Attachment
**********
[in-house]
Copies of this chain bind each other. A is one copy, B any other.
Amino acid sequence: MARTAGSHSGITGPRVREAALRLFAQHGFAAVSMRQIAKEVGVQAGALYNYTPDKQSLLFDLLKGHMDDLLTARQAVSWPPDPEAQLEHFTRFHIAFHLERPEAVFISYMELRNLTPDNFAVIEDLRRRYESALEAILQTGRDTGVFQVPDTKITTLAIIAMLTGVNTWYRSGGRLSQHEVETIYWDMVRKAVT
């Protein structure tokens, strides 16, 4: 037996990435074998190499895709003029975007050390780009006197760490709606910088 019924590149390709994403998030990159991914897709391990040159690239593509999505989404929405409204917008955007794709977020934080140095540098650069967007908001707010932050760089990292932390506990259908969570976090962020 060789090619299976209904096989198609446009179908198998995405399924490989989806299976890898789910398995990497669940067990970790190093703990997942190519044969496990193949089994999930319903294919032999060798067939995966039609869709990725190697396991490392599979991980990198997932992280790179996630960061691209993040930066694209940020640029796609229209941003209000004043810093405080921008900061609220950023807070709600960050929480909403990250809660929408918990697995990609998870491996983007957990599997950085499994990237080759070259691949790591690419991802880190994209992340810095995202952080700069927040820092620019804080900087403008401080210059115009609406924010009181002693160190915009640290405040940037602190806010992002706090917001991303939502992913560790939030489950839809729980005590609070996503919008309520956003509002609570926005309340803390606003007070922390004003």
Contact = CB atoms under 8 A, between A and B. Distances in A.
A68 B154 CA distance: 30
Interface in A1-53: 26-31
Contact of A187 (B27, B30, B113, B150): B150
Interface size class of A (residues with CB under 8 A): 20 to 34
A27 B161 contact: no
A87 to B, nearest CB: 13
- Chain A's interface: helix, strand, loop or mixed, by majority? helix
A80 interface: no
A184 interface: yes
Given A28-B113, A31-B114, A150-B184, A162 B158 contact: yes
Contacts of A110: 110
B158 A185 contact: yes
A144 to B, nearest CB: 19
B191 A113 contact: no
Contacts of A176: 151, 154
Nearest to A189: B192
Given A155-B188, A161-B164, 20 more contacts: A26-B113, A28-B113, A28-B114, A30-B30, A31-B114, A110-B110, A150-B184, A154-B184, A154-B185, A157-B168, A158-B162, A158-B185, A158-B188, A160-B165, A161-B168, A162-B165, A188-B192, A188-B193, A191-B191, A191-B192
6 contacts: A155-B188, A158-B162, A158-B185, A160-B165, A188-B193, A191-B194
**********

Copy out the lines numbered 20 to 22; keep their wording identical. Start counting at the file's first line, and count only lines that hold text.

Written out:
Contacts of A176: 151, 154
Nearest to A189: B192
Given A155-B188, A161-B164, 20 more contacts: A26-B113, A28-B113, A28-B114, A30-B30, A31-B114, A110-B110, A150-B184, A154-B184, A154-B185, A157-B168, A158-B162, A158-B185, A158-B188, A160-B165, A161-B168, A162-B165, A188-B192, A188-B193, A191-B191, A191-B192